Since the first Batman comic in 1939, there have been dozens of TV shows and movies of the Caped Crusader, and they tend to contradict each other. The comics have struggled to connect all the dots of how Batman could have been around in the 1940s and still be a young man in 2016. There's also a problem of his changing mood with his swinging '60s TV series meshing with the tortured angst of the modern hero. Usually, the properties just pretend the others didn't exist and reboot. That wasn't a problem for "LEGO Batman."

Amazingly, the LEGO movie put every Batman from the 1960s to the 2010s in play, referencing them both in dialogue and even in flashbacks, and they were all canon. It became a joke about how Batman aged well, and also how crazy it was that he was dancing the Batusi in the 1960s and standing on rooftops in the 2000s. That's something no other Batman movie could pull off.



Batgirl has always gotten short shrift in the movies. She's really only shown up in one live-action movie, "Batman and Robin," played by Alicia Silverstone as a spunky teenage girl who puts on a costume her uncle Alfred made for her. That doesn't hold a candle to any other characters in the Batman movies, especially compared to the well-rounded and complex Batgirl from the comics, who's been paralyzed by the Joker in "The Killing Joke," reborn as the computer hacker Oracle and returned to the Batgirl costume in the New 52.

In "The LEGO Batman Movie," Barbara Gordon (voiced by Rosario Dawson) got a major upgrade in character development. Not only did she become the superhero Batgirl, she's also a prodigy, graduating from the "Harvard of Police," and even took over the role of commissioner from Jim Gordon. She also got one of the best lines in the movie, asking if she can call Batman "Batboy."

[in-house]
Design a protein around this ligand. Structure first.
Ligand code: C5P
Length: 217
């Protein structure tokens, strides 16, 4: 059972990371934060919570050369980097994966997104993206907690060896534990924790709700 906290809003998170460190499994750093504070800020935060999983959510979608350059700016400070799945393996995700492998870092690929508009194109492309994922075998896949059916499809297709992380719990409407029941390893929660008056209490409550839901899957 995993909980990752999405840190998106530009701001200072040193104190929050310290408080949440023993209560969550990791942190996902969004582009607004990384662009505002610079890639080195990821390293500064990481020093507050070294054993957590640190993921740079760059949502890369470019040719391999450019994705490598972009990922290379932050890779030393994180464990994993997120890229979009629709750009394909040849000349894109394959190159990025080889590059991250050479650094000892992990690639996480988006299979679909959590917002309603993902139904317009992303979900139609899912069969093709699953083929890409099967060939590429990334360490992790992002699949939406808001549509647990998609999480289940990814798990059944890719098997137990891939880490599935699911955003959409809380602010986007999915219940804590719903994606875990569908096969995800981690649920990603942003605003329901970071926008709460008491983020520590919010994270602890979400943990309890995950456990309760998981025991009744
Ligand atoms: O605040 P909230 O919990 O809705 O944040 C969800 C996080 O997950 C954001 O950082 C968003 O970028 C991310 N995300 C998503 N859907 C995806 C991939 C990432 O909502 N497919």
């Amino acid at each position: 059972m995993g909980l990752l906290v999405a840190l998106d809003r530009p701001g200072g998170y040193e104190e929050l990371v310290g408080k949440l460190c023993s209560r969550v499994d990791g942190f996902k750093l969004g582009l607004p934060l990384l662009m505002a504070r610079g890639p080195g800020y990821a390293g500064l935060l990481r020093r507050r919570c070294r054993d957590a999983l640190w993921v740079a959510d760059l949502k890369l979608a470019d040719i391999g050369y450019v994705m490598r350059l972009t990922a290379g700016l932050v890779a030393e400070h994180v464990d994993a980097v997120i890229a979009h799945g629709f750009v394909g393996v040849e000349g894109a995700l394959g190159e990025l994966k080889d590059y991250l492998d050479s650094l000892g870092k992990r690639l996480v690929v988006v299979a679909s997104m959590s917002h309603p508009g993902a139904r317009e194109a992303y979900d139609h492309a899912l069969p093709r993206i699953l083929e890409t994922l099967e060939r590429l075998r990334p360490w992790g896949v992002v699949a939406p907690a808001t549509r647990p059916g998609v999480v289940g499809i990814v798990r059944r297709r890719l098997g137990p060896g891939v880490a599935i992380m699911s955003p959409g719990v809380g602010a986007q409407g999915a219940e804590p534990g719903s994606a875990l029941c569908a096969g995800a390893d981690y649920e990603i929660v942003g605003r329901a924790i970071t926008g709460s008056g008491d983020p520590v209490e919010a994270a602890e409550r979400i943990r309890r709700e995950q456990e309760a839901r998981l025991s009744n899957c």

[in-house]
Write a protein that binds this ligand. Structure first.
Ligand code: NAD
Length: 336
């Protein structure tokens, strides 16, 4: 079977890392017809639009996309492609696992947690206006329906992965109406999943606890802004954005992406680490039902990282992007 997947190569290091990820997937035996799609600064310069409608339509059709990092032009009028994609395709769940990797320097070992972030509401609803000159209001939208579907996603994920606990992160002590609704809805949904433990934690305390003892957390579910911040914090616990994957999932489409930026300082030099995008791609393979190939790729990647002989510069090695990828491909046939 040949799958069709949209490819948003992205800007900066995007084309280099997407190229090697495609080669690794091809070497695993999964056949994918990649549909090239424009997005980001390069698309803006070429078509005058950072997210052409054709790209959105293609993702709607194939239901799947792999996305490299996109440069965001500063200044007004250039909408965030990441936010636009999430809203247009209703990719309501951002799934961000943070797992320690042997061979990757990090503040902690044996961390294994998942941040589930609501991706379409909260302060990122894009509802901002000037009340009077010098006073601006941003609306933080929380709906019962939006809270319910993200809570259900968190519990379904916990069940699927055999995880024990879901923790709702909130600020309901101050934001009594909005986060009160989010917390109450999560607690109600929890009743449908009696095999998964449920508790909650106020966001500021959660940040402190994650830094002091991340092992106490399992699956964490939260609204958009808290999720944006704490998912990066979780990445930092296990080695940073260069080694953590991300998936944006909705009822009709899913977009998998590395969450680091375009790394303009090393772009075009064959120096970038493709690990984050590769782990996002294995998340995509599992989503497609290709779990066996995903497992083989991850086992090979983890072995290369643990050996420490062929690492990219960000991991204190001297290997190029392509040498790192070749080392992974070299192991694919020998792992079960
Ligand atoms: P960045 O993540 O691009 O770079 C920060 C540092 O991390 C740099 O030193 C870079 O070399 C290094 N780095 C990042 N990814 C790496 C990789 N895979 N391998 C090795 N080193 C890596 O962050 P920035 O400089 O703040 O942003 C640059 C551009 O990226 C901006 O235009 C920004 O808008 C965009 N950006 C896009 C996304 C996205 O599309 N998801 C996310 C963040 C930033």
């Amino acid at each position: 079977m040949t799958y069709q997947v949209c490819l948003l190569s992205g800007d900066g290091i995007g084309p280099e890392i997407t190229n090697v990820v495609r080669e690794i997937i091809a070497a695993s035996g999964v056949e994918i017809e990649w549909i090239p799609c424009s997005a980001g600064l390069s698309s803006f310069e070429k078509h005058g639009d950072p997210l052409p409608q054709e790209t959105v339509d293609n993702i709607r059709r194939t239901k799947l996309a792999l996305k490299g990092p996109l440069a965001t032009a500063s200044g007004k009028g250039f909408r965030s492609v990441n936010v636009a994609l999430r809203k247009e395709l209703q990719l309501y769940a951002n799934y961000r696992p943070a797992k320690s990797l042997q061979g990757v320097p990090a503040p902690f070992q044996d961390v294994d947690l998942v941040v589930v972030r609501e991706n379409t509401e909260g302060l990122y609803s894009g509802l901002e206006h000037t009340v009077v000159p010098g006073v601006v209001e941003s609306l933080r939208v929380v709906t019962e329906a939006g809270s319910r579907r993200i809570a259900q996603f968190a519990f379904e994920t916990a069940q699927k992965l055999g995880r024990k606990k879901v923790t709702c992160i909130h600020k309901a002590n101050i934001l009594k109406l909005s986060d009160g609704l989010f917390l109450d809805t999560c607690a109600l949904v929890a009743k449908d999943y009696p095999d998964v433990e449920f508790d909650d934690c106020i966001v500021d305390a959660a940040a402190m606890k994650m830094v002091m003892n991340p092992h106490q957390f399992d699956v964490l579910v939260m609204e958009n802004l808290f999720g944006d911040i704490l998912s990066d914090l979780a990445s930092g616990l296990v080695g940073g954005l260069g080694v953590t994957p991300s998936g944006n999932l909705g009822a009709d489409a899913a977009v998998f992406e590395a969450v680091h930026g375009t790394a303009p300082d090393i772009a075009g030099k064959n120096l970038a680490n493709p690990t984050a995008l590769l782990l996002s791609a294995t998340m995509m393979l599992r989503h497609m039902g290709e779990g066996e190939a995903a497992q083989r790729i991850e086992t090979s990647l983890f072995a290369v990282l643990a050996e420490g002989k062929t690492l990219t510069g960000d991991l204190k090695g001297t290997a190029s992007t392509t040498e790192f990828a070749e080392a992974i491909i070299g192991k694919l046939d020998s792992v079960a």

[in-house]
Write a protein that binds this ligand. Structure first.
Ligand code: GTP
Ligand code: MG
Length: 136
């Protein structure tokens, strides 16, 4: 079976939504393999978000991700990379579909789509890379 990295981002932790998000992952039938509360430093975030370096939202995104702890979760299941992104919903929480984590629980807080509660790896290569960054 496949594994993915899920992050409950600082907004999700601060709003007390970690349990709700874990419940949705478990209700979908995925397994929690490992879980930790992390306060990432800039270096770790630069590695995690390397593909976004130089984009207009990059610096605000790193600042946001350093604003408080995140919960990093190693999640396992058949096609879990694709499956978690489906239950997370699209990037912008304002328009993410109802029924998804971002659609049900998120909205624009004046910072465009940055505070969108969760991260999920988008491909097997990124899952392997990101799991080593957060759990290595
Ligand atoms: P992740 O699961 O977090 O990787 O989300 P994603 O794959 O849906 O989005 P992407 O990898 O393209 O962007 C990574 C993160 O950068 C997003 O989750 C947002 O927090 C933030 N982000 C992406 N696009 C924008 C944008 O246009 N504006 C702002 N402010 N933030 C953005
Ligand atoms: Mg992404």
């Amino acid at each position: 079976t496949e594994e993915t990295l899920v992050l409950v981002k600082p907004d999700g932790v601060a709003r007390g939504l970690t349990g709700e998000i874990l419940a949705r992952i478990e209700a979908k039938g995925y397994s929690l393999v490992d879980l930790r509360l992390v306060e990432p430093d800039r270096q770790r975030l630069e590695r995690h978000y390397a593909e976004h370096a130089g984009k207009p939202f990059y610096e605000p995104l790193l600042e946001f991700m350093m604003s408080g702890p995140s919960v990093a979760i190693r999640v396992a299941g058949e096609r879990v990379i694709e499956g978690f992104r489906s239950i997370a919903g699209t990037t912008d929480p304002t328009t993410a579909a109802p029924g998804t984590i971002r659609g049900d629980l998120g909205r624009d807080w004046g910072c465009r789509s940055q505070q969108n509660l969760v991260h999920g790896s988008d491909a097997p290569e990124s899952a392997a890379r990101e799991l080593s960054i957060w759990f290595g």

Robin has always been a problem for the Batman movie franchise. The dark and brooding Batman who goes it alone and fights evil in the shadows is hard to pull off when he's got a kid in red and green tights running around alongside him. That's probably why Robin hasn't been around too much on the screen. Tim Burton and Christopher Nolan both left Robin out of their movies. Robin only showed up in "Batman and Robin" and "Batman Forever," and still didn't work. "LEGO Batman," on the other hand, nailed it.

The key was to have Batman just as annoyed by Robin (voiced by Michael Cera) as the audience (presumably) would be. Dick Grayson got himself adopted by accident, and ended up in the Robin outfit just as chaotically. Robin ran around after Batman like a lap dog, being as excited and happy as Batman is angry and brooding, making him a welcome relief from the attitude. When Batman finally embraced Robin, the audience loved him, too.



Alfred Pennyworth has been Batman's loyal butler in every live-action Batman movie since 1966, and he's played pretty much the same. Alfred spends the movie polishing Batman's car, giving him fatherly advice and taking orders when Batman needs to have his tights washed. He almost never left Wayne Manor, except when he drove Bruce around or when he quit in "The Dark Knight Rises." To put it another way, Alfred has been just plain boring. Well, in "The LEGO Batman Movie," we finally got to see another side of Alfred.

Yes, LEGO Alfred (voiced by Ralph Fiennes) did all the things we expected him to, including giving Batman some free counseling and cleaning the grout in the bathroom, but things went up a notch later on when he put a parental lock on the Batcomputer, and finally got to fight supervillains. Alfred even got to wear a Bat-costume and pilot a vehicle. It wasn't like any Alfred we'd ever seen before, and we loved every minute of it. Here's hoping Alfred gets a Bat-Butler costume in a live-action movie.